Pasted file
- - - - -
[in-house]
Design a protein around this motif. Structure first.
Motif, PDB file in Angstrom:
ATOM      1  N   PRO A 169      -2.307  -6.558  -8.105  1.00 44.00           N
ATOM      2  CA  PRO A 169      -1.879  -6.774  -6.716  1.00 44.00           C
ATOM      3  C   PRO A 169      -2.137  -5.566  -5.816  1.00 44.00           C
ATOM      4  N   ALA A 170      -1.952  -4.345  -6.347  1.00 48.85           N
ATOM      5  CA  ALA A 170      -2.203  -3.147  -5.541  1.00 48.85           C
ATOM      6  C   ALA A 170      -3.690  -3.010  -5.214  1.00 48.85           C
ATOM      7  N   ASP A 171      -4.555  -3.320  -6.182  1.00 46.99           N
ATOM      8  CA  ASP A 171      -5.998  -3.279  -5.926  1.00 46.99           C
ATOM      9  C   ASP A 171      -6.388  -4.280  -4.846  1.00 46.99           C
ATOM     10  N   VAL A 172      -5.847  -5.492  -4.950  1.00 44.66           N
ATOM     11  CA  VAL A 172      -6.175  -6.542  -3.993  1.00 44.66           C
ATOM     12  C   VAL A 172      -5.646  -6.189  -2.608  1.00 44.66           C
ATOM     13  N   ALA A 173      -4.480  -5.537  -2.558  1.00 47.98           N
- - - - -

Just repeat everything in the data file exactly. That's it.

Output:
[in-house]
Design a protein around this motif. Structure first.
Motif, PDB file in Angstrom:
ATOM      1  N   PRO A 169      -2.307  -6.558  -8.105  1.00 44.00           N
ATOM      2  CA  PRO A 169      -1.879  -6.774  -6.716  1.00 44.00           C
ATOM      3  C   PRO A 169      -2.137  -5.566  -5.816  1.00 44.00           C
ATOM      4  N   ALA A 170      -1.952  -4.345  -6.347  1.00 48.85           N
ATOM      5  CA  ALA A 170      -2.203  -3.147  -5.541  1.00 48.85           C
ATOM      6  C   ALA A 170      -3.690  -3.010  -5.214  1.00 48.85           C
ATOM      7  N   ASP A 171      -4.555  -3.320  -6.182  1.00 46.99           N
ATOM      8  CA  ASP A 171      -5.998  -3.279  -5.926  1.00 46.99           C
ATOM      9  C   ASP A 171      -6.388  -4.280  -4.846  1.00 46.99           C
ATOM     10  N   VAL A 172      -5.847  -5.492  -4.950  1.00 44.66           N
ATOM     11  CA  VAL A 172      -6.175  -6.542  -3.993  1.00 44.66           C
ATOM     12  C   VAL A 172      -5.646  -6.189  -2.608  1.00 44.66           C
ATOM     13  N   ALA A 173      -4.480  -5.537  -2.558  1.00 47.98           N